The Corner


University Chancellor Searches Need to Be Above Suspicion

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Choosing a new university president or chancellor is a matter of importance and public interest when the institution is a state school. A recent selection made in North Carolina for the chancellorship of Fayetteville State has people complaining that favoritism was involved and policy was not followed.

Shannon Watkins covers the controversy in today’s Martin Center article. 

The man recently chosen to lead Fayetteville State is Darrell Allison. He had been a member of the UNC Board of Governors until late in 2020 until he resigned his position on the BOG. It has been charged that his name was added late to the list of candidates for the chancellorship in violation of state policy.

Watkins writes, “Many connected to FSU immediately protested Allison’s election, arguing that he was chosen outside the traditional search process and that his political connections secured him the position. Some even went so far as to condemn his election as ‘fraudulent.’ Others have vowed to ‘fight it until the very last day and beyond.’”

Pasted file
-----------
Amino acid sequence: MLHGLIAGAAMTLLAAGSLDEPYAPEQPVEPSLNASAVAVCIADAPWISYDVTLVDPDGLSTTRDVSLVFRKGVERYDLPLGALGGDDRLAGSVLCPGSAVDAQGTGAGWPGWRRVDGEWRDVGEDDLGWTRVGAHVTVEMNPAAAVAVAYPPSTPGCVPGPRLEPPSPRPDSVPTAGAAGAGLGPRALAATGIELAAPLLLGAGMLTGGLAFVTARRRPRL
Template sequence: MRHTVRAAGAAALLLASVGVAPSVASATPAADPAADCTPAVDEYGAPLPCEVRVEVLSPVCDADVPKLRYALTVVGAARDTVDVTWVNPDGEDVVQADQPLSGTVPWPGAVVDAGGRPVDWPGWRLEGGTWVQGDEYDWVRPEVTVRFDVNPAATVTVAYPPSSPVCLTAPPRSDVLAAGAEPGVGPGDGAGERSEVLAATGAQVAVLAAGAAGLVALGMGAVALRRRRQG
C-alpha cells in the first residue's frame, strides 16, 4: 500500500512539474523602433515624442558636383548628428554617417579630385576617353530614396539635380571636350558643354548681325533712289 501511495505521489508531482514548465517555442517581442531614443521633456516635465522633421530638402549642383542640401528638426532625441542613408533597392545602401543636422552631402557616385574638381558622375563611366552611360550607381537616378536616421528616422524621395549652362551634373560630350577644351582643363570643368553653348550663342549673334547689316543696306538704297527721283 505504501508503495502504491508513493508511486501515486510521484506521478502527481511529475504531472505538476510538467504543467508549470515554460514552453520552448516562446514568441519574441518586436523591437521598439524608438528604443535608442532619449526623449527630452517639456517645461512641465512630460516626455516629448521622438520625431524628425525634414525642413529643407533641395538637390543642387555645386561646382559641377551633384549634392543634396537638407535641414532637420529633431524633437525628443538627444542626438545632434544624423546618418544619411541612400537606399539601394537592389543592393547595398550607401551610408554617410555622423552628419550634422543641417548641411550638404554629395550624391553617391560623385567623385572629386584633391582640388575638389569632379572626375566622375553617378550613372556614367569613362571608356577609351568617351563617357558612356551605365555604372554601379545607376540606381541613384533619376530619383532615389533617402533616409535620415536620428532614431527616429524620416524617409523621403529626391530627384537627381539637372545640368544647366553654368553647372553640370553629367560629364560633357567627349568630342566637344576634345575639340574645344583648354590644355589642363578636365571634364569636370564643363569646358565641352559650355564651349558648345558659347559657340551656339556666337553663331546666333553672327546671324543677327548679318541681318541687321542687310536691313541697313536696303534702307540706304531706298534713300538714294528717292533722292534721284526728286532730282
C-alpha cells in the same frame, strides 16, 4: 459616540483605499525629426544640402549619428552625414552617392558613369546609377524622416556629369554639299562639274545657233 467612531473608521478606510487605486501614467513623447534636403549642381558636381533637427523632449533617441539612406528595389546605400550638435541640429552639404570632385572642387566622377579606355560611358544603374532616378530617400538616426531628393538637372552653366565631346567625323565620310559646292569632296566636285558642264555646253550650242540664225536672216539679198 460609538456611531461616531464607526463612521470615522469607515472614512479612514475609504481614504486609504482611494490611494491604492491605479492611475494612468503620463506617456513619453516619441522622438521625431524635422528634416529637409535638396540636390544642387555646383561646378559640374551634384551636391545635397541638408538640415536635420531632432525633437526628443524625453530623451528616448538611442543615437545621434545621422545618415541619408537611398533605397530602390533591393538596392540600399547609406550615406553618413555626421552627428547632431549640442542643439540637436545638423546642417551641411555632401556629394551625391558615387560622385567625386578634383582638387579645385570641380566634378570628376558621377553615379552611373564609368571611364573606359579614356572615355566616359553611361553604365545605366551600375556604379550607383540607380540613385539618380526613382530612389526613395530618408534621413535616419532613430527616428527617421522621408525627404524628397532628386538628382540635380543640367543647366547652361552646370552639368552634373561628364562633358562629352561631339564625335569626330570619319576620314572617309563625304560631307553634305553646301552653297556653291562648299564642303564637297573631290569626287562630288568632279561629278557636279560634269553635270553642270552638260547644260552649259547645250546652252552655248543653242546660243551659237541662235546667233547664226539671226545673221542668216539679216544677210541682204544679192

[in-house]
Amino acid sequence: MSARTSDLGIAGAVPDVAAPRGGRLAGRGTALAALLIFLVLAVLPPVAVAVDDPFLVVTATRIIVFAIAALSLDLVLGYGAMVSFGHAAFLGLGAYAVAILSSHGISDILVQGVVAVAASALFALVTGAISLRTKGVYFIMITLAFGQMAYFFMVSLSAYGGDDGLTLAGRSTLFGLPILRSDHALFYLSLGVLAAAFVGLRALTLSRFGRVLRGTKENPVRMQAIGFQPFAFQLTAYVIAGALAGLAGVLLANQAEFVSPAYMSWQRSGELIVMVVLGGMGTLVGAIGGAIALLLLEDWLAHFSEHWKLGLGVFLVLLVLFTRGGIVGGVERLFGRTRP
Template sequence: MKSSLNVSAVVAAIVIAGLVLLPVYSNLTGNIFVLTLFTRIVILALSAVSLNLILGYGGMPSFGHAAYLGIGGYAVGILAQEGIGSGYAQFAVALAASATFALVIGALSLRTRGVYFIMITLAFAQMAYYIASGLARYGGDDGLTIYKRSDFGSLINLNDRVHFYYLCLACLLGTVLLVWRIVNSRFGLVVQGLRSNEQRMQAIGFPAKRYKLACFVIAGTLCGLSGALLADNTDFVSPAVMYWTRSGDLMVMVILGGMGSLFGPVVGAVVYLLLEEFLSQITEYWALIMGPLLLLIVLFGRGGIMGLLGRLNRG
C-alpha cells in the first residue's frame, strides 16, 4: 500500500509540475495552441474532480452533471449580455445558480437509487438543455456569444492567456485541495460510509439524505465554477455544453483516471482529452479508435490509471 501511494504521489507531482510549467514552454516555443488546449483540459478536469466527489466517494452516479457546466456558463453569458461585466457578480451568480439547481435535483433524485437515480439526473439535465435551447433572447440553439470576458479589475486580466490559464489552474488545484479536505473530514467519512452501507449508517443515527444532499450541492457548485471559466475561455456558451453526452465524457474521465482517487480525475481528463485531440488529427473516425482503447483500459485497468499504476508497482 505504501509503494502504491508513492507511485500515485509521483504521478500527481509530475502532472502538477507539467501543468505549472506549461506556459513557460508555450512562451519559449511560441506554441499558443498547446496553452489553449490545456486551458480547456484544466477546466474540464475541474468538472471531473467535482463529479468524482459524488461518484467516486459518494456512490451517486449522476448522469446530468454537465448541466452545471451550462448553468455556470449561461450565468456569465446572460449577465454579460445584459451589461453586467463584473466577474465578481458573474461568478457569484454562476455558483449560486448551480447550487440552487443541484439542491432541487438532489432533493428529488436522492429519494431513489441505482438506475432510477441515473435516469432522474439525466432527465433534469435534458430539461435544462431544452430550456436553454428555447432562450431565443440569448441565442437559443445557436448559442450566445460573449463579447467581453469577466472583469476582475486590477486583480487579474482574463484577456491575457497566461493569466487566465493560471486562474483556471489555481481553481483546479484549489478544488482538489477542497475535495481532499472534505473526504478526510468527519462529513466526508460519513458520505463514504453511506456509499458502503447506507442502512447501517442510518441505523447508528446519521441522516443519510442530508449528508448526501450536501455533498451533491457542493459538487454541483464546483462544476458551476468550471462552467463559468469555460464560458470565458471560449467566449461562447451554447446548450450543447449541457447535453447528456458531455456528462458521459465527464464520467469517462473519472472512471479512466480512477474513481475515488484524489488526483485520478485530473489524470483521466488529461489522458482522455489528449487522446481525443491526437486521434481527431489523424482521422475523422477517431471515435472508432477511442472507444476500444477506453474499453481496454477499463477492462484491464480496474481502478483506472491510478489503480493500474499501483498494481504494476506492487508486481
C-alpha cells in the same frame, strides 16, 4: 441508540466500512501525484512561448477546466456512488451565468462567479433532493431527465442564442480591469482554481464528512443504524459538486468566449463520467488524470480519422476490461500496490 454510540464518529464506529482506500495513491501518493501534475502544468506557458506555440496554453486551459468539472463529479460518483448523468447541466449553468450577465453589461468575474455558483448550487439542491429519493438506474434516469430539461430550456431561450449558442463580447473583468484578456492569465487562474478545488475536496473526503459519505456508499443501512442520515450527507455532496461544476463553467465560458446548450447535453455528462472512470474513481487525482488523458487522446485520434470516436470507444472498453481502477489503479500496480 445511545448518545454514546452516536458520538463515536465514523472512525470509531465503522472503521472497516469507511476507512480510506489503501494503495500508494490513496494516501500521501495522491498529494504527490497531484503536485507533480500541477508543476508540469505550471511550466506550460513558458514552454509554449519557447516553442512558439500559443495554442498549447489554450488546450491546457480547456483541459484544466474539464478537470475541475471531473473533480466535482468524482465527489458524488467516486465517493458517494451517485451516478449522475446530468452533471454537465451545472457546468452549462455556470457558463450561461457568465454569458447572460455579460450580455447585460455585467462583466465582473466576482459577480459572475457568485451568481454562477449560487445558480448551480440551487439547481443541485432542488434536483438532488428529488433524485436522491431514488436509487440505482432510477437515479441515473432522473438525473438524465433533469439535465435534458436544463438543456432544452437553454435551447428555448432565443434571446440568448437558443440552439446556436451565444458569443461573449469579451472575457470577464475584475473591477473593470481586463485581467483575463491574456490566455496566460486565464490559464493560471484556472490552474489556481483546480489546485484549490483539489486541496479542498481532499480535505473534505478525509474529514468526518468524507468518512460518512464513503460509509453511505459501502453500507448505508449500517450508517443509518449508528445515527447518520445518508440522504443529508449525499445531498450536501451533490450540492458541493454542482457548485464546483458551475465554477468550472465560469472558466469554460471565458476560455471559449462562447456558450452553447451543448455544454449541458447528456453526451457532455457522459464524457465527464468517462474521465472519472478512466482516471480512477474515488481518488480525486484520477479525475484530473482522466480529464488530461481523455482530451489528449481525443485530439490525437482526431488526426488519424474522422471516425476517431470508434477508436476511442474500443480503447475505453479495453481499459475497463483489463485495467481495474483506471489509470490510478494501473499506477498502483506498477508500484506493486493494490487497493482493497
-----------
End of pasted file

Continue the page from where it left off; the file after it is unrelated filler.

But why the furor? University types don’t usually get upset over procedural matters as this.

The reason, evidently, is that Allison is not a wild-eyed leftist, but instead favors such abhorrent ideas as school choice. How can any university be led by such a backward-thinking person?!

Sadly, Allison takes the reins at FSU under a cloud of suspicion and controversy.

Watkins argues that two lessons should be learned from this:

The first is that the UNC Board of Governors should immediately amend its policy to require a hiatus of at least a year from when a board member resigns to when they apply for a leadership position within the university system. Doing so will establish at least some distance between governing roles which will help prevent even the perception of a conflict of interest. This was not the appropriate or prudent time for Allison to take the helm at Fayetteville State.

Secondly, the FSU Board of Trustees and media relations staff need to take a hard look at how they communicate with the public. There is no excuse for their blatant obfuscation and refusal to answer questions that the state’s tax paying citizens have every right to know.

George Leef is the the director of editorial content at the James G. Martin Center for Academic Renewal.


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